5 Ways To Track Your Reading
As we turn our journals to new pages for the new year, one of the most commonly discussed things at BiblioLifestyle HQ is the different ways we track our reading. In order to get an accurate picture of your reading life, you need to start tracking your reading.
We’re all in different stages of our relationship with reading and the same can be said for tracking our reading. If you’ve been tracking your reading for some time now, you may be looking for ways to improve. If you’re new to it all, you may be trying to decide what will work best for you. We also discuss the 7 Things We Are Tracking In Our Reading Journal in a separate journal post to provide inspiration if you’re not sure what to track.
We will be sharing five different ways you can track your reading and we hope these methods will provide some inspiration and practical methods to get you started. Our recommendation is to try the method that speaks to your first.
There are no fast and hard rules to tracking you reading. Feel free to mix it up, tweak methods and make it your own. In time you’ll learn what works best for you, what doesn’t and you’ll narrow down the information you want to keep tracking!
1. GOODREADS or LIBRARYTHING,
Goodreads has both an app and a website. If you use the app, we recommend using their barcode scanner to scan your book’s barcode and quickly upload the books you own to your TBR list. As you read them, you can mark them as read, and they’ll then move to your read list. You can create lists with different names and keep track of your books that way.
They also have a reading challenge where you can set a numerical goal for the year. Once you’ve read a book and you’ve marked it as read, you’ll see your status towards achieving your goal each time you log in. At the end of the year, they’ll give you a visual round-up along with some statistics.
LibraryThing is pretty similar to Goodreads, with the added perk of connecting with and searching your local library and bookstore. You also have the option of making your account completely private and not having any social interaction. It’s another great way to keep track of your personal book collection and discover new titles.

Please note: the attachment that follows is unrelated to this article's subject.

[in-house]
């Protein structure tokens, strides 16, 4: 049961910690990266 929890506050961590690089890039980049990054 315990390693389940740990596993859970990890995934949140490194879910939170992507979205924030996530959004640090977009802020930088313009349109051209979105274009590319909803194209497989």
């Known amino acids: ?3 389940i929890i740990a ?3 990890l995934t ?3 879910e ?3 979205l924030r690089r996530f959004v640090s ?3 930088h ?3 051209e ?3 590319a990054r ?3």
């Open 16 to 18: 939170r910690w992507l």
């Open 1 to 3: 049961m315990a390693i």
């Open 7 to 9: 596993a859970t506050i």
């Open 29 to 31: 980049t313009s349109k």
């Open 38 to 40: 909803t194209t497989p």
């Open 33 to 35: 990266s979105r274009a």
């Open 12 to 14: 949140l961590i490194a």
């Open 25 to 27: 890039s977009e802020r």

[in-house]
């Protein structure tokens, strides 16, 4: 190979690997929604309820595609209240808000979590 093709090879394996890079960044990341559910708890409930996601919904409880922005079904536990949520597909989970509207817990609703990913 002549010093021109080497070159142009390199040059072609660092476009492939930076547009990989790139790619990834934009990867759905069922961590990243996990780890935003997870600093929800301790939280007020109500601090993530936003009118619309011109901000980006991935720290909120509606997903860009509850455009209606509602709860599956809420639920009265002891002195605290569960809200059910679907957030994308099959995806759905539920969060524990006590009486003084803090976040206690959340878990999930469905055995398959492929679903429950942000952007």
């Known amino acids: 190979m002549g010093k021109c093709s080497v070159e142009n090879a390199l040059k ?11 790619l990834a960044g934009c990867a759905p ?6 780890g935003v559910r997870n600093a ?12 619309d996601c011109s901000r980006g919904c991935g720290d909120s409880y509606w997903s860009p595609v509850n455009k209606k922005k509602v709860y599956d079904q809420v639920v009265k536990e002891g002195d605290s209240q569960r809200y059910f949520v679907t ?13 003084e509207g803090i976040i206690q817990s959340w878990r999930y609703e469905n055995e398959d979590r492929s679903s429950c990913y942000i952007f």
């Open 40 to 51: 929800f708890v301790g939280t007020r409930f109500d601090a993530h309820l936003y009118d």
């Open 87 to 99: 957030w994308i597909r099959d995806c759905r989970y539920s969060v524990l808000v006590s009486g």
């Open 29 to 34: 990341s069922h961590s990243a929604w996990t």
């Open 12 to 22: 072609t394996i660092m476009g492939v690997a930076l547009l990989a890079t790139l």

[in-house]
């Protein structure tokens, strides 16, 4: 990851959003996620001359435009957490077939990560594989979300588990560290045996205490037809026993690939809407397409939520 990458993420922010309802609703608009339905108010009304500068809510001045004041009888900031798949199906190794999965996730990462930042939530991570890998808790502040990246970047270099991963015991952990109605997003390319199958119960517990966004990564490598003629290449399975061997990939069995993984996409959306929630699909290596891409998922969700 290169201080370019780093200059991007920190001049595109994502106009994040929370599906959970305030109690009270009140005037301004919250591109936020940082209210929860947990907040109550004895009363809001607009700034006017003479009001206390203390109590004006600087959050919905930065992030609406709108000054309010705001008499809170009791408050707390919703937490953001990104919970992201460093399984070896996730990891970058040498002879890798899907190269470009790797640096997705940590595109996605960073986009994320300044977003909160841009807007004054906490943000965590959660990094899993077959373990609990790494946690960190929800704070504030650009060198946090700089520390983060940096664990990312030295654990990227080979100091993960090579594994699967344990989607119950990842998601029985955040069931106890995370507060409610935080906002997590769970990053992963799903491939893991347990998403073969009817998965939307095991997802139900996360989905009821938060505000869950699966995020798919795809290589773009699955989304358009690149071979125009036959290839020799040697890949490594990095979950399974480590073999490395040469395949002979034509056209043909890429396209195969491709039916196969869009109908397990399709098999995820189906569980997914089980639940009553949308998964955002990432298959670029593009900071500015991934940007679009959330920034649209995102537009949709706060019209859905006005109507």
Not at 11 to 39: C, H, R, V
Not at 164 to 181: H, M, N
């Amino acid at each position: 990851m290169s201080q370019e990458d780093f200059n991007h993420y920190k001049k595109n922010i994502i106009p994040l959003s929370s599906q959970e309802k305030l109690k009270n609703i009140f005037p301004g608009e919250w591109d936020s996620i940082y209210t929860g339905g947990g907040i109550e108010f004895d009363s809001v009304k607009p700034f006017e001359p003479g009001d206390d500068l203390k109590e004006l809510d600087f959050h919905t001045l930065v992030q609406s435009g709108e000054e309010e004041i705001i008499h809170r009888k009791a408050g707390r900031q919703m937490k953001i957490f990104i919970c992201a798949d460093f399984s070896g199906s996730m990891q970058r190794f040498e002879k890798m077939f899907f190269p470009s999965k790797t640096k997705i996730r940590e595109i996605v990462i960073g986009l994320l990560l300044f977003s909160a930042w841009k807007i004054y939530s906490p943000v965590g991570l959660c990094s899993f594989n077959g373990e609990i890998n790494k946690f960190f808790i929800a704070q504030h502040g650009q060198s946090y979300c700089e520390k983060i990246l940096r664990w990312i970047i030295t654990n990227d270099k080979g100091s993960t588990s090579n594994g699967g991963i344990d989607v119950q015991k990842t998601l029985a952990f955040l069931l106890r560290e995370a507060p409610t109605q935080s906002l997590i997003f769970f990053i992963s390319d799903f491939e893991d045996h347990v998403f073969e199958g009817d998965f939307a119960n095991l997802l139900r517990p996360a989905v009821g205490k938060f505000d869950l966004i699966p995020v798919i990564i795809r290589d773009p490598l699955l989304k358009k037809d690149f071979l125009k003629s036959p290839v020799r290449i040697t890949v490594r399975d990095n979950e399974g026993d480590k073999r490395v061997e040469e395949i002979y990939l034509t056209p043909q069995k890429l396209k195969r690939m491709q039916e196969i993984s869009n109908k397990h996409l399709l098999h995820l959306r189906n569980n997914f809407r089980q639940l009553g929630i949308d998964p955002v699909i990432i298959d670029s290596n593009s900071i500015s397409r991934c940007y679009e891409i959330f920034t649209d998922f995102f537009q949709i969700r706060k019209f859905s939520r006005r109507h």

2. WISH LISTS
Some readers keep track of the books they want to read via wish lists on websites where they shop online. Most popular amongst them are Amazon and Book Depository.
Creating a spreadsheet (Excel or Numbers) with common categories such as title, author, number of pages, and star rating is a great way to track your reading. At the start of a new year, simply create a new sheet or open a new tab in the same file and continue logging your reads.
Spreadsheets can also work well for logging the books you want to read. To learn more about tracking books you want to read, check out our 3 Things You Can Do To Improve Your Reading Life.
4. PHYSICAL JOURNALS
Tracking via old-fashioned pen and paper is definitely top of the list for most readers. You can track by day, week, or by month. Track the books you want to read as well as the books you’ve read. You can also break down your reads by genre, author (male, female, non-binary), and by your personal rating system. You can even get creative and draw bookshelves, book stacks, charts, and graphs.
5. A COMBINATION OF METHODS
At BiblioLifestyle HQ this is our favorite way to track our reading. Here are some combinations you can try:
– Use Goodreads or LibraryThing to take inventory of the books you own and use your physical journal to track and make notes about the books you’ve read.
– Use your online wish lists to track the books you want to read and a spreadsheet to track the ones you’ve read.
– Use a physical journal to track the books you want to read at some point in your life and keep a log of those you’ve read via Goodreads or a spreadsheet.
There are no fast and hard rules to tracking your reading. Feel free to mix it up, tweak methods and make it your own. In time you’ll learn what works best for you, what doesn’t and you’ll narrow down the information you want to keep tracking!
Have a method that’s already working for you? Trying something new? Please share with us in the comments or send us an email: firstname.lastname@example.org